How to serve court papers in a lawsuit for repairs or harassment
Alert: These instructions apply only to a case in New York City Housing Court against your landlord to get repairs or to stop harassment. The court rules are different for other types of cases.
'Serving' the court papers means delivering them to the other parties in the case in a way that follows the court rules. You do this AFTER you have filed the court papers to start your case. Serving the papers is mandatory. Your case cannot move forward until you have served the court papers.
You must serve the court papers on:
- the landlord
- the management company (if you are suing them) and
- the City Department of Housing Preservation and Development (HPD).
You can serve the court documents on the landlord and the management company by Certified Mail Return Receipt, or by hand delivering them. If your landlord or managing agent is a company, you should use certified mail return receipt, since it can be tricky to hand deliver to the right person.
You must serve HPD by Certified Mail Return Receipt.
The court will write your deadline to 'serve' the court papers in the Order to Show Cause when you first file your case. Be sure you get the documents delivered to the other parties by the date written in the Order.
The documents you need to serve:
- Order to Show Cause
- Verified Petition
(You do not serve the Affidavits of Service. If you filed papers to ask the court to waive the $45 filing fee, you do not need to serve that fee waiver petition and order.)
Step 1: Serve your landlord and/or the property management company
Mail a copy of the court documents by Certified Mail Return Receipt to the landlord. If the landlord is a company, be sure to use the company address.
If you are suing the management company also, separately send a copy of the documents to the management company, also by Certified Mail Return Receipt.
By hand delivery
If your landlord is a person (not a company), you or someone else can hand the documents directly to the landlord at any location--at the landlord’s office, when you see the landlord in the building, or any other place you see the landlord.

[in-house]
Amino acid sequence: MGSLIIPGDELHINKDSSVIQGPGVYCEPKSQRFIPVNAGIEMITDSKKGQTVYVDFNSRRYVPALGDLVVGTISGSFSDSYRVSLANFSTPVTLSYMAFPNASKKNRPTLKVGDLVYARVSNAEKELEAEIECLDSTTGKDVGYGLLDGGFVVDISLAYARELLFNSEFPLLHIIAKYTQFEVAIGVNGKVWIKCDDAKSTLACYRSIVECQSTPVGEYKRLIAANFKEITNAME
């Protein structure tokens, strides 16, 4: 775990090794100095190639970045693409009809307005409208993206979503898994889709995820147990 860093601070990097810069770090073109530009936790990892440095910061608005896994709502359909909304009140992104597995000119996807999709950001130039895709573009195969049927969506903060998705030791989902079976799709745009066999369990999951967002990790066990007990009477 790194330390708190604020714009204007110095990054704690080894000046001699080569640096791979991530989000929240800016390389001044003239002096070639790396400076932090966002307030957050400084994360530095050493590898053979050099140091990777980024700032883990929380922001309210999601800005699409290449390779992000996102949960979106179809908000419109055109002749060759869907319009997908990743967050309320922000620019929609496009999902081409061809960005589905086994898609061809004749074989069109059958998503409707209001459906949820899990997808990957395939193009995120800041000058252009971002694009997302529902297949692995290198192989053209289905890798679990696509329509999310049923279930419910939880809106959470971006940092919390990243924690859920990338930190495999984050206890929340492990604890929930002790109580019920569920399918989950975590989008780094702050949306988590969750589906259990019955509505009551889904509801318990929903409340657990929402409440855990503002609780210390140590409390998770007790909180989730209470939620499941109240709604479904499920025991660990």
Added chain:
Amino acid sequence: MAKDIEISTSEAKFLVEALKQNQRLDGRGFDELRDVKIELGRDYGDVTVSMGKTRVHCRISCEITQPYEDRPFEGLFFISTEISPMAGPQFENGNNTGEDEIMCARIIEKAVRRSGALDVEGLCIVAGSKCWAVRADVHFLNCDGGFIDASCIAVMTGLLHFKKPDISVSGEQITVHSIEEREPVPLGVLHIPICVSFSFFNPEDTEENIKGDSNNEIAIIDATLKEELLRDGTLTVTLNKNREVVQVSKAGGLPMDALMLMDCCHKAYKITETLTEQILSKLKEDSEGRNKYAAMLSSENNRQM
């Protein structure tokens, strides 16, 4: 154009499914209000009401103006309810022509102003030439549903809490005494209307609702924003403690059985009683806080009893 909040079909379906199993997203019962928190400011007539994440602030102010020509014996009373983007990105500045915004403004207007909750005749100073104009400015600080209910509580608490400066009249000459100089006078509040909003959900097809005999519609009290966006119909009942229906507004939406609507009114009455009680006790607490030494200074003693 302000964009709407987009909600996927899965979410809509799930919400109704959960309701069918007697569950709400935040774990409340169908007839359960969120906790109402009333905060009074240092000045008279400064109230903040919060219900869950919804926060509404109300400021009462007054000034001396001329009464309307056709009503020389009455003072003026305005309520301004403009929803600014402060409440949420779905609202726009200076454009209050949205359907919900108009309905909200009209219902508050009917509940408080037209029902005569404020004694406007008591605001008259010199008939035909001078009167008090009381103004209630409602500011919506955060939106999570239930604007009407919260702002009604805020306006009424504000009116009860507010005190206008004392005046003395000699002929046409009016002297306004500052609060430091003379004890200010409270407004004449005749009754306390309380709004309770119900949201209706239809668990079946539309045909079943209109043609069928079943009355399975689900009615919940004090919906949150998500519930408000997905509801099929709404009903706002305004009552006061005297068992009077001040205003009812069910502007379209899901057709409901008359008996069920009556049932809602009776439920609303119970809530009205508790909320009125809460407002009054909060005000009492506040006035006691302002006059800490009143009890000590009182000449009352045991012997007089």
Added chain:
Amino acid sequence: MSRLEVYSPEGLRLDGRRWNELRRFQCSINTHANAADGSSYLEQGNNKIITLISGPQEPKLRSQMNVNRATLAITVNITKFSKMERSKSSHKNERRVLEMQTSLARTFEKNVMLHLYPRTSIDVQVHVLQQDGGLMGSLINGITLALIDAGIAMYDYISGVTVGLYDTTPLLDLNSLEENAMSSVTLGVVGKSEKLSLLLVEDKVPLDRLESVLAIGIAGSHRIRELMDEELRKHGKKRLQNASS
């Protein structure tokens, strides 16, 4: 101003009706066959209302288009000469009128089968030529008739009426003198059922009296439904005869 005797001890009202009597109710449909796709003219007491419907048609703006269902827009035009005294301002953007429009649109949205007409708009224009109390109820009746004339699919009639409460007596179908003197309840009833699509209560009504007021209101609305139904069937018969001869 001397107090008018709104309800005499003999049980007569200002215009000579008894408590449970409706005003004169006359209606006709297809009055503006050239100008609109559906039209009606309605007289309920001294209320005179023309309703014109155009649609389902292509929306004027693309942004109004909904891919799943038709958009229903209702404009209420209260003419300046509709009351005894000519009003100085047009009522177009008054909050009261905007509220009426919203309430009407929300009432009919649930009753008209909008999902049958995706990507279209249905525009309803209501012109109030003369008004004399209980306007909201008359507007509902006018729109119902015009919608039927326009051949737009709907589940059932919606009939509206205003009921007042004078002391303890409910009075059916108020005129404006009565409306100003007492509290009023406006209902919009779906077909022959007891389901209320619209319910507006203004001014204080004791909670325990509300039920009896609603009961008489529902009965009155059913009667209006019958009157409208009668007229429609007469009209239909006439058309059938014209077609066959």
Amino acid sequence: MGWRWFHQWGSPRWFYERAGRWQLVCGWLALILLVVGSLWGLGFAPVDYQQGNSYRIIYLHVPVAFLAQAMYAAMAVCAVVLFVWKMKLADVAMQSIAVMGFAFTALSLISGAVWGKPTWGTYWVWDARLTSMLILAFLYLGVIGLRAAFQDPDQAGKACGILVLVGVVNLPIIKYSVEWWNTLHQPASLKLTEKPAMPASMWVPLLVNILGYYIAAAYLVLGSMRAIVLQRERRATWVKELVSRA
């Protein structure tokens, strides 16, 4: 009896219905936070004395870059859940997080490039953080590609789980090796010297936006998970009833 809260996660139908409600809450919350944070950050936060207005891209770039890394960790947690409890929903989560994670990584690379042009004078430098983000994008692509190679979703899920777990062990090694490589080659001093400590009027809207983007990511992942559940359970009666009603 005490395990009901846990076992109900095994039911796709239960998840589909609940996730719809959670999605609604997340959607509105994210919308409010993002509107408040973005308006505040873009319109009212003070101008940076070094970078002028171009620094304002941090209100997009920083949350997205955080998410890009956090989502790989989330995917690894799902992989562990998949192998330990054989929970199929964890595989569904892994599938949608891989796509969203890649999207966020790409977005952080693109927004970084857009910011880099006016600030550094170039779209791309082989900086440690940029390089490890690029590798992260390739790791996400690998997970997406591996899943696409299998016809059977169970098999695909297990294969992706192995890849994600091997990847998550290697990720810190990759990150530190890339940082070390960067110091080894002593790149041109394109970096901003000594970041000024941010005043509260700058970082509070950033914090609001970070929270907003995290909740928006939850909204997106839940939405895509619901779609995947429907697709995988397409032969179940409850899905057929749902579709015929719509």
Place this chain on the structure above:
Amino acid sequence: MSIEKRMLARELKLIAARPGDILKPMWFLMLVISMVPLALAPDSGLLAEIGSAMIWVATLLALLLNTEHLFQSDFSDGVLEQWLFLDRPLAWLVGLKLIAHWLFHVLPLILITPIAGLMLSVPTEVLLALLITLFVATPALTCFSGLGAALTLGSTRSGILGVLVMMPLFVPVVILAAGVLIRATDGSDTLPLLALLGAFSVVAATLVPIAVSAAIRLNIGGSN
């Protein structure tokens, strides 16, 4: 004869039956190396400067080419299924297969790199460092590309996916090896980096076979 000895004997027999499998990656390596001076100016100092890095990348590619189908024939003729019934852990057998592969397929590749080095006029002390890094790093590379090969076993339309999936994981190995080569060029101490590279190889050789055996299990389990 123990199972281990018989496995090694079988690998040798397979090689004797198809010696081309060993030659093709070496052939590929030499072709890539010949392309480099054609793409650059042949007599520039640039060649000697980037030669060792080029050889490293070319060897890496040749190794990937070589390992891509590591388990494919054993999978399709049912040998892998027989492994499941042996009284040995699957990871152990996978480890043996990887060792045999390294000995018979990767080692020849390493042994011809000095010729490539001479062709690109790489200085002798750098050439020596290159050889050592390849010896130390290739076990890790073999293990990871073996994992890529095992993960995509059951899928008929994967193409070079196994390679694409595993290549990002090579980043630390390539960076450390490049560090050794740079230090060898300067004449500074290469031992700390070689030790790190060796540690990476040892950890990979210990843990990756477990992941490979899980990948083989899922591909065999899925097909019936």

Make a note of the date, time and place you or the other person handed the documents to the landlord. You will need to write this in the Affidavit of Service.
If you are suing the managing agent, do the same for the managing agent.
Step 2: Serve HPD
Mail a copy of the documents by certified mail return receipt to:
Department of Housing Preservation and Development
Housing Litigation Bureau
100 Gold Street
New York, NY 10038
Step 3: Fill out the Affidavit of Service
You should have two Affidavits of Service (one from the person who served the landlord and one from the person who served HPD). If you are also suing the management company, you need an Affidavit of Service for them also.
- After you have mailed or delivered the documents, write the name of the person who mailed or hand delivered the papers (you or whoever did it) on the line above “name of person serving papers.”
- On the next line, write the address of the person that mailed or delivered the documents.
- After the words "That on" write the date and time that the documents were served (the date of mailing or the date and time they were hand delivered).
- On the next line list the full title of the documents that were served (“Order to Show Cause For...”, “Verified Petition in Support...”)
- After the word “upon” write the name of the person or company served. (You need to fill out a separate Affidavit of Service for each party served: the landlord, the management company (if you’re suing them) and HPD.
- After the words "located at" write the address that you mailed the documents to or where you hand delivered them.
- Check the box for how you served the papers. (“Personal Service” means hand delivery.)
- Do not sign the Affidavits of Service until you or the person who served the papers is in front of a notary public. The signatures must be notarized.
- Attach the certified mail return receipts to the Affidavits of Service and take the signed Affidavits of Service to court on your first court date.
Last Reviewed: January 16, 2017